Additionally, many homeowners -- taking advantage of low interest rates and a better market in some areas -- have used mortgages to eliminate credit card debt. In recent years the ads on TV and radio to do just that have been everywhere.
But, as one Midwest banker always said: "Instant credit is instant dead."
For many, the day of reckoning has arrived and many are seeking expert advice to avoid being thrown out onto the street.
OH! I see -- no cause for alarm, after all. . .
Mortgage delinquencies fall
WASHINGTON, March 24 (UPI) -- The Mortgage Bankers Association of America said fewer U.S. households were behind on their mortgage payments in the fourth quarter of last year, but more home loans were somewhere in the foreclosure process.
MBA said its overall, seasonally adjusted delinquency rate for mortgage loans on one-to four-family residential properties fell to 4.53 percent in the fourth quarter from 4.66 percent in the third quarter. A year earlier, the delinquency rate was 4.67 percent in the fourth quarter of 2001.
MBA said the drop in delinquencies was accompanied by a rise in the percentage of loans in the foreclosure process.
In the fourth quarter of 2002, 1.18 percent of loans were in foreclosure, up from 1.15 percent at the end of the third quarter.
"This most likely indicates that loan foreclosures, which lag unemployment and delinquencies, are peaking," MBA said.
Japan had a rush into bonds also...If it is engineered properly another refi boom to make the last one look like a joke could happen...Psychology is the key...
But ultimately it would be the last gasp...
Right now I think and it is only a guess that there is enough volume out there to allow lower low yields to be a possibility...
I highly doubt there is enough volume after that...Since even with new lows on mortgage rates you either need to raise the retail price of real estate or get massive volume to mantain at the very least even steven...Failure to be able to raise price or increase volume = doomsday...
A hyperdeflationary implosion is coming and soon...a collapse in yields with no follow through would be the first real sign of maximum potential...Currently we are floating at the top of the previous follow through...
The Nasdaq is still decimated...The Dow is still below the highs and it is only 30 stocks...the S&P is still below it's highs...
If there is enough volume then we could easily see a doomsday spike to new highs followed by a rocket ride towards previous lows...or we crumble from here and then rocket towards previous lows...
And this ain't no Japan...the accounting trick they used to survive is dependant on the US debt inflationary engine...Without the US they are dead and there is no other debt inflationary engine on Earth big enough to allow the US to use the same accounting trick to survive...
The only way to fight debt deflation is with debt inflation...that is the only trick...
The laughers, scoffers, rejecters, and the ignorant will be hit the hardest...The monetary damage will be great...The psychological damage will be orders of magnitude worse.
"We are completely dependant on the commercial banks. Someone has to borrow every dollar we have in circulation, cash or credit. If the banks create ample synthetic money (at the request of the consumer) we are prosperous; if not, we starve. We are absolutely without a permanent money system.... It is the most important subject intelligent persons can investigate and reflect upon. It is so important that our present civilization may collapse unless it becomes widely understood and the defects remedied very soon." --Robert H. Hemphill, Atlanta Federal Reserve Bank,1938...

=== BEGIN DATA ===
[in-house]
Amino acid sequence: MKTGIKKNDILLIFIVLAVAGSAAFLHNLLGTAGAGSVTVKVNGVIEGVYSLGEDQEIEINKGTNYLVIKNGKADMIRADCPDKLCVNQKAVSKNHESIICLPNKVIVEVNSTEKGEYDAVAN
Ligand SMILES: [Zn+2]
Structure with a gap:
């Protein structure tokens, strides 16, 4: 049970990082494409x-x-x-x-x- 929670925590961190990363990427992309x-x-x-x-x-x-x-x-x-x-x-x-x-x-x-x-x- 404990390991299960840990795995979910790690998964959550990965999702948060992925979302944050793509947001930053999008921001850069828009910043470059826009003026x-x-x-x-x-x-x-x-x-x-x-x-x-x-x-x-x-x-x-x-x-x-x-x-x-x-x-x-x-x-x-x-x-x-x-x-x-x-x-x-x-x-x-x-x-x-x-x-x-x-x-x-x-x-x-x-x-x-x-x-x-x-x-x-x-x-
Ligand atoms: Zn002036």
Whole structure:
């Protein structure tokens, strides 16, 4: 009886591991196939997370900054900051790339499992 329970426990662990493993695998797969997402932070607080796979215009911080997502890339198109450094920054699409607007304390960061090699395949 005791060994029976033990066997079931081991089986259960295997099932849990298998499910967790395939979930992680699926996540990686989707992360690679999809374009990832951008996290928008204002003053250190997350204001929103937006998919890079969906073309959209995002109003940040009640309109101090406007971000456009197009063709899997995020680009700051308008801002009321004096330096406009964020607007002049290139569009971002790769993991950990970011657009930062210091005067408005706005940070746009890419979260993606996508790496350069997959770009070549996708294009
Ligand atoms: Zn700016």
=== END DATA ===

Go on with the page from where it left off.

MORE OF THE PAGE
Ohio has the highest number of loans in foreclosure in the country, according to the national Mortgage Brokers Association. Kentucky ranks No. 5 in that statistic.
The seven Greater Cincinnati and Northern Kentucky counties, too, have for the most part seen sharp increases in the number of foreclosure auctions over the past four years.
In Kenton County, for example, 535 homes were sold in auctions last year, up 61 percent from 2002. As of late May, the master commissioner had conducted 268 foreclosure sales, putting Kenton County on track to have a record number of sales this year.
From 2001 to 2002, Warren and Boone counties experienced 80 percent increases in foreclosure sales -- the highest in the past four years.
"The last five years have been the busiest ever," Campbell County Master Commissioner Pat Walsh said. "The numbers are significantly up."
A study now under way could result in regulatory action to stem the number of housing foreclosures in Pennsylvania.
That possibility was raised by Brian A. Hudson Sr., executive director of the Pennsylvania Housing Finance Agency, which is conducting the study on foreclosures in Monroe County in conjunction with the state Department of Banking.
"Once we can analyze the results of the study, we can conduct one for the entire Commonwealth, which will enable us to establish a database on these actions and recommend regulatory action to the state Legislature," he said at last month. He was speaking at the 47th annual luncheon and meeting of Action-Housing Inc. at the Omni William Penn Hotel, downtown Pittsburgh.
A new law could control predatory lending practices that provide loans to homeowners at above-market rates, one of the reasons cited for the increase in foreclosure actions that have caused many to lose their homes.
The study should be completed by early August, he said.
Hudson said Pennsylvania ranks seventh in the nation in the number of housing foreclosures